Determinants of health can be classified as proximal or distal, with proximal determinants being factors that are closest to a person, such as being part of a community or having access to clean water and air. Distal determinants are those farther away from people yet still important, such as social policies.
The term proximal also means closer to the heart. Understanding and taking into consideration what has meaning for people, Dr. Uhlig contends, is important for patients and health care professionals alike. Plus, matters of the heart are important to Dr. Uhlig, who is a well-known adult cardiovascular surgeon.
As a fourth-generation Kansas physician, Dr. Uhlig also likes to ponder how medical education and the practice of medicine have changed since his great-grandfather was a rural doctor in Andale, Kansas. His grandfather was one of the first internists in Wichita, while his father was a pediatrician.
"The values they lived are the same ones that we need today. Those values have not changed and never will. Yet there are so many unsolved challenges in health care today - traditional approaches to care they lived and passed along to us, as much as we honor and revere them, are no longer working. We've outgrown them. What's driven me for the past 20 years or so, is "how can we do even better?", Dr. Uhlig said.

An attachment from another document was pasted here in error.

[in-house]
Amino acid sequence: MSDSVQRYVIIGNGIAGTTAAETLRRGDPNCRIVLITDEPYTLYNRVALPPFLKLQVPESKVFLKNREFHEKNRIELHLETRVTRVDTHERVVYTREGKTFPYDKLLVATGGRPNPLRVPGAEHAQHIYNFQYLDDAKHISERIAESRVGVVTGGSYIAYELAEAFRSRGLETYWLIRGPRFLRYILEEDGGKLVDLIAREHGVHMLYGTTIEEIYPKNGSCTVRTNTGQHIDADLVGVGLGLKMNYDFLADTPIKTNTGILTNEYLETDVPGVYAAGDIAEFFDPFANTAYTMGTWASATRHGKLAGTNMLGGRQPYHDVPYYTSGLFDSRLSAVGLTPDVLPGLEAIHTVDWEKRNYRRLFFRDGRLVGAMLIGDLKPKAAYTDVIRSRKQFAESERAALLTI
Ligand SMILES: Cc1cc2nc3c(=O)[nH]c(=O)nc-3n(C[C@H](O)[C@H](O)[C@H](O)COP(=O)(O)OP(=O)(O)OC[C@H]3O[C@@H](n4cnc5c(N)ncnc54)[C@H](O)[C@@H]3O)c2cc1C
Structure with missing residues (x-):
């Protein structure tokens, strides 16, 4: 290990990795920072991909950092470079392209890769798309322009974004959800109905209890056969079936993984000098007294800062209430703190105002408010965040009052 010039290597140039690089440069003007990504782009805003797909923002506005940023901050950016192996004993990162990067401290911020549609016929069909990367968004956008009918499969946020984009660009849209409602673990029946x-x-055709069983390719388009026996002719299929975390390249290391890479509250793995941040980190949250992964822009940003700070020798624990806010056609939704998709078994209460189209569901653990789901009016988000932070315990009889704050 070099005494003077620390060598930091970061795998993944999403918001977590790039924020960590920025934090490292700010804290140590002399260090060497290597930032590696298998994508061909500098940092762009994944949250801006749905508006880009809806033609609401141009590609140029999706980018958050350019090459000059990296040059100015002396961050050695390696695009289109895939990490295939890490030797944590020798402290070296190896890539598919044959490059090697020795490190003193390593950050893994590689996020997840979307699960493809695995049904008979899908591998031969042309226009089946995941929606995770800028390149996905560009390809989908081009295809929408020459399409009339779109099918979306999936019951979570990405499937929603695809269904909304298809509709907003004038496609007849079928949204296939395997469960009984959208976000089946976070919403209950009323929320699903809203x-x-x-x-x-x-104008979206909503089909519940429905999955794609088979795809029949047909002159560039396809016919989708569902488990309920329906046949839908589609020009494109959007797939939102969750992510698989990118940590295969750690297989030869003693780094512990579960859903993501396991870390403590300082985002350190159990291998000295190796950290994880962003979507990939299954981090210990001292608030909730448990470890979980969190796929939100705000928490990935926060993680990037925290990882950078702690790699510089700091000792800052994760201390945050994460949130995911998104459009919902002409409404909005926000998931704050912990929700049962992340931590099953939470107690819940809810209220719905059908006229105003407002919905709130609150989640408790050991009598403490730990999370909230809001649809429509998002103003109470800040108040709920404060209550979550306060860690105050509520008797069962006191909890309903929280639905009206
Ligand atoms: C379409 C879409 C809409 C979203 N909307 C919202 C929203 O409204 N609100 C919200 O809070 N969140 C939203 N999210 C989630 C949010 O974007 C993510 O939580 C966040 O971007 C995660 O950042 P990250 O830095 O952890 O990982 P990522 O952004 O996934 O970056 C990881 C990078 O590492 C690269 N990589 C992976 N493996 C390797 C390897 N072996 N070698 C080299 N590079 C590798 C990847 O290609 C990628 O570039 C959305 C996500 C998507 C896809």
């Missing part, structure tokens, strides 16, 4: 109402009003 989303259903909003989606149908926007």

He believes answers can be found in new approaches that view health and care from the perspective of the environments that surround us.
"Proximal health honors the strengths and expertise of patients and families, their networks of connections and relationships with others. It seeks to build and strengthen care environments that honor and sustain the compassion that draws individuals into the medical field, environments that lift us all up and make us better. It is an approach that elevates everyone involved," Dr. Uhlig said. "Proximal health is a way of working together that honors the human spirit.